I've posed a question on how to build a continent with as many hot deserts as possible. On the basis of the answers I got on that question, I've drawn a map with the following desert.

enter image description here

  1. Blue lines: Latitude and longitude (check right and bottom of the screen)
  2. Black lines: Limits of the continent
  3. Reddish thick lines: Mountain ranges
  4. Blue area: Ocean
  5. Green area: Fertile regions, with relatively high precipitation (irrespective of being tropical, temperate or whatever)

Let's forget about the plausibility of this desert as far as climate is concerned. That was addressed on another question.

Assuming that the yellow area has a desertic climate with low precipitation, I would like to know the type of ground that this desert would have. Would it be a rocky desert, like the ones in the USA? Or a sand desert, like the Sahara? And why?

Bonus question: Would it be possible to have different kinds of deserts with different features (rocky versus sand) dispersed through the yellow area?

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    $\begingroup$ Actually the Sahara mainly consists of hamada, not sandy. I would suggest looking at both it's historical formation and that of White Sands desert in New Mexico (which is a gypsum desert in the middle of a rocky area). $\endgroup$ Aug 8 '17 at 21:36
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    $\begingroup$ Isn't sand really just lots of little rocks? $\endgroup$ Aug 9 '17 at 7:49
  • $\begingroup$ @MilesEngel: Thank you for your contribution. Will definitely check it out? $\endgroup$ Aug 9 '17 at 9:59
  • $\begingroup$ @GrimmTheOpiner: Indeed it is. And still, "sand" and "rock" constitute very different concepts. $\endgroup$ Aug 9 '17 at 10:01

The Sahara is actually mostly composed of gravel formed by the accretion of iron oxides exposed to the little moisture that does find its way into the region, there are large areas where sand overlies this gravel basement to considerable depths but most of the terrain is rockier than it is sandy this is generally true of most deserts.

The desert you've described has three borders that are going to be extremely rocky where the mountains drop colluvium generated by frost and wind erosion on the higher slopes. If we assume the same prevailing wind/latitude patterns as Earth then fines like sand and silt are going to be blown west in large linear, seif, barchan, or crescentic dune systems, depending on sediment supply. The silt will be blown right out of the desert basin to fertilise the sea while the sand will pile up on the western edge of the desert leaving desert pavement in the south east. On the far southern edge of the desert, where it dips into the roaring 40s, the reverse will be true due to the prevailing westerlies (westerlies blow west-to-east, easterlies east-to-west). In the northern half of the basin where the mountains block the prevailing winds the desert will make its own weather in the form of an almost permanent low pressure cell; this will draw in a little sea mist around the fringes allowing some plant and animal life to exist and creating heavy desert varnish. Due to continued erosion from frost and wind there will always be a little fresh sand in this central area which the internal wind systems will pile into large irregular and star dunes in the central desert, on Earth these can be hundreds of metres high. Most deserts have a number of different zones and being so vast and covering such a wide latitude and altitude range this one is going to cover almost all of the options.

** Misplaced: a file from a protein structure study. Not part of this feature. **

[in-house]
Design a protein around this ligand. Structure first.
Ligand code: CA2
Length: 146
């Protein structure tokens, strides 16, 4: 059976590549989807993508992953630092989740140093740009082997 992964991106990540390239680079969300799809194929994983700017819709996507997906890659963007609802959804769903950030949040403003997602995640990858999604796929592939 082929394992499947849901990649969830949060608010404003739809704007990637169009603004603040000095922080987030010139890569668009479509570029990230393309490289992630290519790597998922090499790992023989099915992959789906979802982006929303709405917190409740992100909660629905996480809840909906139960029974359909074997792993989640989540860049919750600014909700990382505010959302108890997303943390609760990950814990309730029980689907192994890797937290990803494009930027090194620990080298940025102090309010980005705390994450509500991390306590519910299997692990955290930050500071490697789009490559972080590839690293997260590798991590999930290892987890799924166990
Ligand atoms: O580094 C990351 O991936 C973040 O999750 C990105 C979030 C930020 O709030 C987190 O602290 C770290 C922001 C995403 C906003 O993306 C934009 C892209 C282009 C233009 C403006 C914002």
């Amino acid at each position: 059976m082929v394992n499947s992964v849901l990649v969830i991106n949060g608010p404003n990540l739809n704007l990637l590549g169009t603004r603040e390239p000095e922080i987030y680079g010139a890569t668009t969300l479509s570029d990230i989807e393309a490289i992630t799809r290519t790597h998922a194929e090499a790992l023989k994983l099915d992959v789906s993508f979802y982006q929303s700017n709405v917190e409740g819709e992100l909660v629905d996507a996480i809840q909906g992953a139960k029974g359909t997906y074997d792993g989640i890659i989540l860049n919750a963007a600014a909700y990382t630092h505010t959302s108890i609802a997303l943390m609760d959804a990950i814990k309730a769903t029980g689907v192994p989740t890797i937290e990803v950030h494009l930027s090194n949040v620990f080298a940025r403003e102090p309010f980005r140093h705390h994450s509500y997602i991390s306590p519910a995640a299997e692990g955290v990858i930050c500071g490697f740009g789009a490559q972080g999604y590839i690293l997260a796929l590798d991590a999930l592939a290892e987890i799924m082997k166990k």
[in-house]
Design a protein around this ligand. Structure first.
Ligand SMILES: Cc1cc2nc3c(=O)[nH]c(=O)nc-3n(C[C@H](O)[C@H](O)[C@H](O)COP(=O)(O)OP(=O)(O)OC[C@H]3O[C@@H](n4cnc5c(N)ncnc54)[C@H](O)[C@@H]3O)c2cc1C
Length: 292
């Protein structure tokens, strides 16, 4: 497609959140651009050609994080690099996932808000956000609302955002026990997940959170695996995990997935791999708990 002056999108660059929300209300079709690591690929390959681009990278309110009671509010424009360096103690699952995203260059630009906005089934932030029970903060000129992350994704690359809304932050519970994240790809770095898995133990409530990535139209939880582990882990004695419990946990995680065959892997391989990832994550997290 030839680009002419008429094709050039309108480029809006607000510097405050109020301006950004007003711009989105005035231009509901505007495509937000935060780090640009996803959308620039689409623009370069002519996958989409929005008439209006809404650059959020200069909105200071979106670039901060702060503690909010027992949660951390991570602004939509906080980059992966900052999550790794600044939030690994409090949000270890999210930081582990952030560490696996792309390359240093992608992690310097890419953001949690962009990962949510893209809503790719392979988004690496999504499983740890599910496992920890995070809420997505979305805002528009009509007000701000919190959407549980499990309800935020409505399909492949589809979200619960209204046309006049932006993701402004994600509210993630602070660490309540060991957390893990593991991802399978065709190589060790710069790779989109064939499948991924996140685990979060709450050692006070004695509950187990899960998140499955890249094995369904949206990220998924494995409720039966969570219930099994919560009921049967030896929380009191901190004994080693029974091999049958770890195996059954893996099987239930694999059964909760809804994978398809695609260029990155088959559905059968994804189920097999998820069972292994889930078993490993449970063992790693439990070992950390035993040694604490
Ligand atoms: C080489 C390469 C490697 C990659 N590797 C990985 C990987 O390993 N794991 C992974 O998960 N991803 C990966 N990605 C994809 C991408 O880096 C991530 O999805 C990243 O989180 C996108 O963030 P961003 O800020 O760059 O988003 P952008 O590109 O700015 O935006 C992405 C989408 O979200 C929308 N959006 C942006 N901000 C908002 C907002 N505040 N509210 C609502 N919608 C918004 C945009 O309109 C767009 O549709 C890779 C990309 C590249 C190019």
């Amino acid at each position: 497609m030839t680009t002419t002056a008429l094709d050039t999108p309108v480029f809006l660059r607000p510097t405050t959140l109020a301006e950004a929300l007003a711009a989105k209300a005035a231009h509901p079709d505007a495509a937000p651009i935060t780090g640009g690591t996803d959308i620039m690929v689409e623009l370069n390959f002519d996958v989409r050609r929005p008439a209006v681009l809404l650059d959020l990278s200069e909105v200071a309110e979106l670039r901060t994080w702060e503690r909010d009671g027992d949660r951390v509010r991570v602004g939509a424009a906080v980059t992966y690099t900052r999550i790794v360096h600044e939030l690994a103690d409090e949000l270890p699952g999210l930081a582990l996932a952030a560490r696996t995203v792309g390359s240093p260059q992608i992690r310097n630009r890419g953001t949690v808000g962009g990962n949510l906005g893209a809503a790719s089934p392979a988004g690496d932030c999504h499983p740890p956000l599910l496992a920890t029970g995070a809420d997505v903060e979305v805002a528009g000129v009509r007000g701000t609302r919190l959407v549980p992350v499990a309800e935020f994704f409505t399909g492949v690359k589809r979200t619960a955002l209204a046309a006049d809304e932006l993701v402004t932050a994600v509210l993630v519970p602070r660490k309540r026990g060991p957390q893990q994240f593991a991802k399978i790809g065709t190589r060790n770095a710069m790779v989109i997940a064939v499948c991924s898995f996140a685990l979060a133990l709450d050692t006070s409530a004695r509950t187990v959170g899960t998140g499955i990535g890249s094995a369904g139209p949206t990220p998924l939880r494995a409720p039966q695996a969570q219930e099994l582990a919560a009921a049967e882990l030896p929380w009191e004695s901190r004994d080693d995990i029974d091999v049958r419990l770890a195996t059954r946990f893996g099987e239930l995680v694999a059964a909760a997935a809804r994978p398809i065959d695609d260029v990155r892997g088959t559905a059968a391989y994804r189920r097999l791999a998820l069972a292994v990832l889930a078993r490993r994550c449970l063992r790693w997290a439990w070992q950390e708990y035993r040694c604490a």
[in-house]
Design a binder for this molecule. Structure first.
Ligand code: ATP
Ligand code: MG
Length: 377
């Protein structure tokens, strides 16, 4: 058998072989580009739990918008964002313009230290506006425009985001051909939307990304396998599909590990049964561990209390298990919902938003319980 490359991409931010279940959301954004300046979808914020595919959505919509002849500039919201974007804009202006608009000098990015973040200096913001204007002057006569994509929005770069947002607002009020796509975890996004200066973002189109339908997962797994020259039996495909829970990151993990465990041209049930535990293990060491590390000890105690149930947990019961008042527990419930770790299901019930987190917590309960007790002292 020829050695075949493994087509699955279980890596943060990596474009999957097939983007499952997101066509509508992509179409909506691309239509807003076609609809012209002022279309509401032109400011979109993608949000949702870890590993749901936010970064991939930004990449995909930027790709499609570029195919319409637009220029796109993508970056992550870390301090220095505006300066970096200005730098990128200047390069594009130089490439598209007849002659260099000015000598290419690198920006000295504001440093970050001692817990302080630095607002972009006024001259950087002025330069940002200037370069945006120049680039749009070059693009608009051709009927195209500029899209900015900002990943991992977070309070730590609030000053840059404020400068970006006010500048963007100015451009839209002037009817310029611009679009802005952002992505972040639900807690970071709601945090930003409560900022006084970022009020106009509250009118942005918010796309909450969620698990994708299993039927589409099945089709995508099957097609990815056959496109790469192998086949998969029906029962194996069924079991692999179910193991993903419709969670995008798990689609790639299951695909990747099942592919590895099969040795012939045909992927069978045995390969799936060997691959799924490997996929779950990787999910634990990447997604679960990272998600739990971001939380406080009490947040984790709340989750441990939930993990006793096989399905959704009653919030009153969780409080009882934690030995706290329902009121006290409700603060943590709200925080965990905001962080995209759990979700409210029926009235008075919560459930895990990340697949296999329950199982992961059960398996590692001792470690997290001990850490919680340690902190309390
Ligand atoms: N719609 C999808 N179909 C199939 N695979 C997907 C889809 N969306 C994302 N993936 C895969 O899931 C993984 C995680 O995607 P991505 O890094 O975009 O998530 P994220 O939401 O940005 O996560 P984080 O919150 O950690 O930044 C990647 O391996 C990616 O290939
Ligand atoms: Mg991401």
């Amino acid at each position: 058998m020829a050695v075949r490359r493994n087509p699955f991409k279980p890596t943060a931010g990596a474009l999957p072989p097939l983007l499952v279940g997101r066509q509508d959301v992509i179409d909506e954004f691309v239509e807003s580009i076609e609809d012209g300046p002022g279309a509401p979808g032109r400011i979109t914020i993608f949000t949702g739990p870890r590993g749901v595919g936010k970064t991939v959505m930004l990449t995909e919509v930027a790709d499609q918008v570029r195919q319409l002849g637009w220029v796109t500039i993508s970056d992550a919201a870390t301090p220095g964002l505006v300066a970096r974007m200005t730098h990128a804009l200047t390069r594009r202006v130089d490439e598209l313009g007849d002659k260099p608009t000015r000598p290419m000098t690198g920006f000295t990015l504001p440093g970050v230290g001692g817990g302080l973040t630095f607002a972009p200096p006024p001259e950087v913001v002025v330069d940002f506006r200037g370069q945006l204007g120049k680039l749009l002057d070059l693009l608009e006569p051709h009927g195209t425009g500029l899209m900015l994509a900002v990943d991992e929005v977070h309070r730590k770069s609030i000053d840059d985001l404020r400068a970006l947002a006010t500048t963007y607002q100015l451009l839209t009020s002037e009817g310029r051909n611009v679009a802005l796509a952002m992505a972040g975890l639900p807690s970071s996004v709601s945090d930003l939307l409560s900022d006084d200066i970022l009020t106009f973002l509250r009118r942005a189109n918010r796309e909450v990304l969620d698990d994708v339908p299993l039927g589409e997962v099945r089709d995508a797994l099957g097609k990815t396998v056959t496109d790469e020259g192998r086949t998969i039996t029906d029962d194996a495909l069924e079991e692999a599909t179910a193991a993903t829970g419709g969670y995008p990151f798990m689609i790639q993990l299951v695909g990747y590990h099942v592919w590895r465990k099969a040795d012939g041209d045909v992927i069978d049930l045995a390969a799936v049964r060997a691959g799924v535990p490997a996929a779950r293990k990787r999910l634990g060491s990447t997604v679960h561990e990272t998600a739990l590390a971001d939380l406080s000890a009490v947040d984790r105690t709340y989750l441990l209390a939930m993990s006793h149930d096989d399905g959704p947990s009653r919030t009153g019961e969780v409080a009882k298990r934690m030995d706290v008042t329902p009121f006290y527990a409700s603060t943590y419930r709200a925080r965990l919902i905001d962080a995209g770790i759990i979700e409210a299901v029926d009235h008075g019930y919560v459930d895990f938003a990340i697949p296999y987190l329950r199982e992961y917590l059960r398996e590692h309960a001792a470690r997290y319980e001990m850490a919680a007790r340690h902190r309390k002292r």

Quick note parts of the areas near the mountains that you've shown as high rainfall are probably going to experience annual flood/drought cycles much like they see in northern Chile where it can rain metres in a couple of months but it's dry the rest of the year. It's an effect of the rain shadow and seasonal wind variations driving weather systems away from the coast instead of into the mountains.

  • $\begingroup$ This was a very good answer. Thank you very much. Just some clarifications. 1) "The silt will be blown right out of the desert basin to fertilise the sea while to sand will pile up on the western edge of the desert leaving desert pavement in the south east, the far southern reach, in the roaring 40s, will show the reverse of this due to the prevailing westerlies."... could you edit the punctuation here, because it get's a little confusing. 2) " it will also create large irregular and star dunes in the central desert"... you mean sand dunes, right? Where does the sand come from here? $\endgroup$ Aug 10 '17 at 9:53
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    $\begingroup$ @PedroGabriel Hopefully that's a bit clearer, don't ask me why the winds are labelled that way around it's a very old formulation that we've kept to spite it not making much sense. $\endgroup$
    – Ash
    Aug 13 '17 at 7:03

This will mostly depend on the underlying geology, you need the right source rock for sand. You will certainly have rocky deserts in the mountains. Note that sandy and rock deserts often occur side by side with rocky headlands and sandy lowlands, see the image below.

Generally you need a quartz rich siliceous source rock, a large expanse of sandstone is a great source but any siliceous rock will work. Generally sand in deserts comes from non-deserts, either areas that were not desert in the past or chemical weathering of modern rock is the best way to produce sand. It can also be formed in the desert directly from weathering sandston. However, it will be a small area this way. Strong winds to remove dust and clay is also important, but that also keeps the sand moving.

Most importantly sandy deserts tend to be small compared to the area you have. The Sahara for instance is only sandy in a few places. The bulk of it is rocky or scrubland. Check out Ash's answer below for a more detailed description of what you can safely use, assuming your mountains are siliceous and your desert is old.

sandy desert area with rocks in the background

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    $\begingroup$ Upvote for pointing out the underlying geology. Deserts with a volcanic origin are much different than deserts with a sedimentary origin. $\endgroup$ Aug 9 '17 at 0:13

In general deserts are rocky by default.

You get sand via erosion, either wind or water based, which then moves the fine particulates to areas where it accumulates. For wind erosion those dry rocks get worn down and the sand blows and will accumulate in areas where the prevailing regional winds deposit it. For water erosion (your desert won't always have been a desert in geological time) you have rivers and streams eroding rocks depositing the fine particles along the waterways, especially in deltas or lake beds.

See: http://earthsky.org/earth/how-did-the-sand-in-the-desert-get-there